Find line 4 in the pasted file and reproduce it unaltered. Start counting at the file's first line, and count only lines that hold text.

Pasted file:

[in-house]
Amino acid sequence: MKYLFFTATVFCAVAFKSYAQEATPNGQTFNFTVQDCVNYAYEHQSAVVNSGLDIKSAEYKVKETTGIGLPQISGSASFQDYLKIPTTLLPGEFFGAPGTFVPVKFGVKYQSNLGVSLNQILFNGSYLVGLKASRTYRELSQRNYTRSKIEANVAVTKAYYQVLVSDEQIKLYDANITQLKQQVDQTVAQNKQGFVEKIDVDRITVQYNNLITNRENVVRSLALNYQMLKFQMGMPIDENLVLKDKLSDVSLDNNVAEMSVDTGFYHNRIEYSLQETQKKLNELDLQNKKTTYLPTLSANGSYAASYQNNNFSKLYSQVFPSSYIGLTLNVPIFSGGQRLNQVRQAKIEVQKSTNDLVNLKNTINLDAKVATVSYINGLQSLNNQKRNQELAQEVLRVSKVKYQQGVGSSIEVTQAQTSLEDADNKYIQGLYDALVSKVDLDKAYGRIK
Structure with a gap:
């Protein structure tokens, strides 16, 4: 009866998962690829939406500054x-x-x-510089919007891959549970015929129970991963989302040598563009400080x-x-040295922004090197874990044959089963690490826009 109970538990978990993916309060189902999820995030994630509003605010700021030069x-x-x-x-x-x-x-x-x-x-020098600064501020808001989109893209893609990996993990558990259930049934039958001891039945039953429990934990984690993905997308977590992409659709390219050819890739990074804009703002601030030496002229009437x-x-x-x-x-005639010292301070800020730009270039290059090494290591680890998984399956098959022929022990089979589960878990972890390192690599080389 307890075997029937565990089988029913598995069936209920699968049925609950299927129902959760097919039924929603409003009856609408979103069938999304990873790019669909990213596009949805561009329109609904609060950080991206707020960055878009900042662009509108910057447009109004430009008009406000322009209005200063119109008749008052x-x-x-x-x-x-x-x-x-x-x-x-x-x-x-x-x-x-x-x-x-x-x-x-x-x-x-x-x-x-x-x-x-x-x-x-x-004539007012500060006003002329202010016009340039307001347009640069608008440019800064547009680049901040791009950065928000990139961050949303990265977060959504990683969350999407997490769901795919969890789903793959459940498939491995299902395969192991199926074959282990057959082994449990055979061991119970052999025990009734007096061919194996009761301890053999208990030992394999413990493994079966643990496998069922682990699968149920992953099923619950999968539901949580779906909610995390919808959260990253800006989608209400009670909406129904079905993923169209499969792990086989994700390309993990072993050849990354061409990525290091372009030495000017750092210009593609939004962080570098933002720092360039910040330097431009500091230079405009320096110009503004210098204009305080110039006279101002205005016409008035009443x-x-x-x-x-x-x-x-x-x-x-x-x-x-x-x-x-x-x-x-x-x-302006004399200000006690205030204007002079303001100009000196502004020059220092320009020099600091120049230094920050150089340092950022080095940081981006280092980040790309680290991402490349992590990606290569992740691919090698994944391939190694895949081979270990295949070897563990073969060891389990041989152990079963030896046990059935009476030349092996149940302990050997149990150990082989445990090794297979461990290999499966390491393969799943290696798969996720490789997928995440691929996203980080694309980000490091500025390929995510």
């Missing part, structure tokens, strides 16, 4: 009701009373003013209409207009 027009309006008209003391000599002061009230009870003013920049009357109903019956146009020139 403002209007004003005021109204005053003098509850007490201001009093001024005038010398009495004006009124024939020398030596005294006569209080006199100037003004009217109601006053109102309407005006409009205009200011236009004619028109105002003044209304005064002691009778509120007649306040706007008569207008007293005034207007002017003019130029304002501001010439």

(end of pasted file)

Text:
């Protein structure tokens, strides 16, 4: 009866998962690829939406500054x-x-x-510089919007891959549970015929129970991963989302040598563009400080x-x-040295922004090197874990044959089963690490826009 109970538990978990993916309060189902999820995030994630509003605010700021030069x-x-x-x-x-x-x-x-x-x-020098600064501020808001989109893209893609990996993990558990259930049934039958001891039945039953429990934990984690993905997308977590992409659709390219050819890739990074804009703002601030030496002229009437x-x-x-x-x-005639010292301070800020730009270039290059090494290591680890998984399956098959022929022990089979589960878990972890390192690599080389 307890075997029937565990089988029913598995069936209920699968049925609950299927129902959760097919039924929603409003009856609408979103069938999304990873790019669909990213596009949805561009329109609904609060950080991206707020960055878009900042662009509108910057447009109004430009008009406000322009209005200063119109008749008052x-x-x-x-x-x-x-x-x-x-x-x-x-x-x-x-x-x-x-x-x-x-x-x-x-x-x-x-x-x-x-x-x-x-x-x-x-004539007012500060006003002329202010016009340039307001347009640069608008440019800064547009680049901040791009950065928000990139961050949303990265977060959504990683969350999407997490769901795919969890789903793959459940498939491995299902395969192991199926074959282990057959082994449990055979061991119970052999025990009734007096061919194996009761301890053999208990030992394999413990493994079966643990496998069922682990699968149920992953099923619950999968539901949580779906909610995390919808959260990253800006989608209400009670909406129904079905993923169209499969792990086989994700390309993990072993050849990354061409990525290091372009030495000017750092210009593609939004962080570098933002720092360039910040330097431009500091230079405009320096110009503004210098204009305080110039006279101002205005016409008035009443x-x-x-x-x-x-x-x-x-x-x-x-x-x-x-x-x-x-x-x-x-x-302006004399200000006690205030204007002079303001100009000196502004020059220092320009020099600091120049230094920050150089340092950022080095940081981006280092980040790309680290991402490349992590990606290569992740691919090698994944391939190694895949081979270990295949070897563990073969060891389990041989152990079963030896046990059935009476030349092996149940302990050997149990150990082989445990090794297979461990290999499966390491393969799943290696798969996720490789997928995440691929996203980080694309980000490091500025390929995510």